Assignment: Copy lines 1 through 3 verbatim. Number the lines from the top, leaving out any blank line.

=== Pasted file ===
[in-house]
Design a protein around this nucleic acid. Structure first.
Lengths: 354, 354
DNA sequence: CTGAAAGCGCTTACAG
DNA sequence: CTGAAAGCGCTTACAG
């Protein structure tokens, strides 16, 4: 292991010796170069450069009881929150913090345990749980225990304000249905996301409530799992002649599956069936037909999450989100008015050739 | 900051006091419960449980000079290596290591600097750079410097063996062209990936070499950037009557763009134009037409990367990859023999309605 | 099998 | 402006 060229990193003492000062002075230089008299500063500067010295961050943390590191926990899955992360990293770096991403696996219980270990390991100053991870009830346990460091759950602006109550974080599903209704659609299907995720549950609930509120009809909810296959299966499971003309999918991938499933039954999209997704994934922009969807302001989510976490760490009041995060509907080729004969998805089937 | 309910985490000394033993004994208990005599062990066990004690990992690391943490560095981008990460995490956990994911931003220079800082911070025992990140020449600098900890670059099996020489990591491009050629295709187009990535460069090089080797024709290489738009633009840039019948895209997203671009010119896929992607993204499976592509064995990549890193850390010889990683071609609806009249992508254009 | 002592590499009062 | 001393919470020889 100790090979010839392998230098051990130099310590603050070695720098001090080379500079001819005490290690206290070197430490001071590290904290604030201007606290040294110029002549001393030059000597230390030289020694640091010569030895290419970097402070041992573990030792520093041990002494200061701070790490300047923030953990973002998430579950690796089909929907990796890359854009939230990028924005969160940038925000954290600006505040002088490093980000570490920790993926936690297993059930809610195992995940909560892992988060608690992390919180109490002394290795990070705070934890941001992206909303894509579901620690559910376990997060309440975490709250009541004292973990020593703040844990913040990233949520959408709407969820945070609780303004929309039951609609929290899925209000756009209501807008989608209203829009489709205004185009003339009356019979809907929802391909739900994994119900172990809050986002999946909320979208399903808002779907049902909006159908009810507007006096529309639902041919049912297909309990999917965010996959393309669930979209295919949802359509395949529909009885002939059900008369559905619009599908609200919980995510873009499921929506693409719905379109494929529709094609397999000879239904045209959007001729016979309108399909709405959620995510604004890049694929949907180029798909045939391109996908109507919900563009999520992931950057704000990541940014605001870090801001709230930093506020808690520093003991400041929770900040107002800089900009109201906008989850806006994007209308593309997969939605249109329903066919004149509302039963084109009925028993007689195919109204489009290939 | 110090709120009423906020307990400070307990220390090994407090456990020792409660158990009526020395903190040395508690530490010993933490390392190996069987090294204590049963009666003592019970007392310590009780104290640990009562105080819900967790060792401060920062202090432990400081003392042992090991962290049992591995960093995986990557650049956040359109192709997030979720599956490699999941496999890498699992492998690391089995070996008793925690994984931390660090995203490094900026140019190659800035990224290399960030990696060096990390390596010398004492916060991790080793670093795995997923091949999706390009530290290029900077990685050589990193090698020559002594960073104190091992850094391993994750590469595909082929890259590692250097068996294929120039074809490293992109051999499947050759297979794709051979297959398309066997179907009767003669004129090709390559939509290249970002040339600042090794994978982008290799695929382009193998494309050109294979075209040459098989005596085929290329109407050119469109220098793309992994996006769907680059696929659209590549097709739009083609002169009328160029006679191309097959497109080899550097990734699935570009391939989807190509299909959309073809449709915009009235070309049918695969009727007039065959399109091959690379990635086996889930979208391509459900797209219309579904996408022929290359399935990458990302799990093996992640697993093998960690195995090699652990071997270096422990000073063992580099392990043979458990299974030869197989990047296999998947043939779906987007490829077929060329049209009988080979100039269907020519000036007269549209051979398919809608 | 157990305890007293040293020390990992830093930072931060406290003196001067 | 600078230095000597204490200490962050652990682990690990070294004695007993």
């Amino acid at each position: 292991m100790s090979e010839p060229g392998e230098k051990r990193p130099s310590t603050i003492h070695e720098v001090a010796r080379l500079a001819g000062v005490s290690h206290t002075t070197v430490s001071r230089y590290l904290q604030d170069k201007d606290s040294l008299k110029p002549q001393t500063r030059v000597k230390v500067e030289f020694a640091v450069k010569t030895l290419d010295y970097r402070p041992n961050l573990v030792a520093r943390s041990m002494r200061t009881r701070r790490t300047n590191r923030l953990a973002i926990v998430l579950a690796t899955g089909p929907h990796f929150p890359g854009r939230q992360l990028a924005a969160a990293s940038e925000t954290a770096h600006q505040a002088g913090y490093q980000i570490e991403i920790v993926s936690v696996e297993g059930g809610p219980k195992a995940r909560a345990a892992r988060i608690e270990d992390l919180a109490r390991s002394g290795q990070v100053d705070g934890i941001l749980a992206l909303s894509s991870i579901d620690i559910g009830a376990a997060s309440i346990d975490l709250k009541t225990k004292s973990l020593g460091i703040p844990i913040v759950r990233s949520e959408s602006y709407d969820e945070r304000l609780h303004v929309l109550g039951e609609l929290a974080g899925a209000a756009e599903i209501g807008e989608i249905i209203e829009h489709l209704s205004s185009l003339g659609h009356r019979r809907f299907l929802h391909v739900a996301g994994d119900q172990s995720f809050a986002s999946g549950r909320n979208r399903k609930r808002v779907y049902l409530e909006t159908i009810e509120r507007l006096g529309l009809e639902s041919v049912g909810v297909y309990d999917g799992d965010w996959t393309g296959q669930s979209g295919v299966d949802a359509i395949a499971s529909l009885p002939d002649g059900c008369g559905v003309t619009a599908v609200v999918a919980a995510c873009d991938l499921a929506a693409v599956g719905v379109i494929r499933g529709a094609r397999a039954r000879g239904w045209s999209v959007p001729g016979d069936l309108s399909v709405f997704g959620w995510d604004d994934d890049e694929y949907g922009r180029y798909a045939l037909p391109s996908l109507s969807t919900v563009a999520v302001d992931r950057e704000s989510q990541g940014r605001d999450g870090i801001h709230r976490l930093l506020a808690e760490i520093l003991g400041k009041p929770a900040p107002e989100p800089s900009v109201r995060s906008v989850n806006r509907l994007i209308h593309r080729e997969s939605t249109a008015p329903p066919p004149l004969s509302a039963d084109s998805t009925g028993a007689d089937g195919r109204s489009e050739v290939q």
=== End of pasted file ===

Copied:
[in-house]
Design a protein around this nucleic acid. Structure first.
Lengths: 354, 354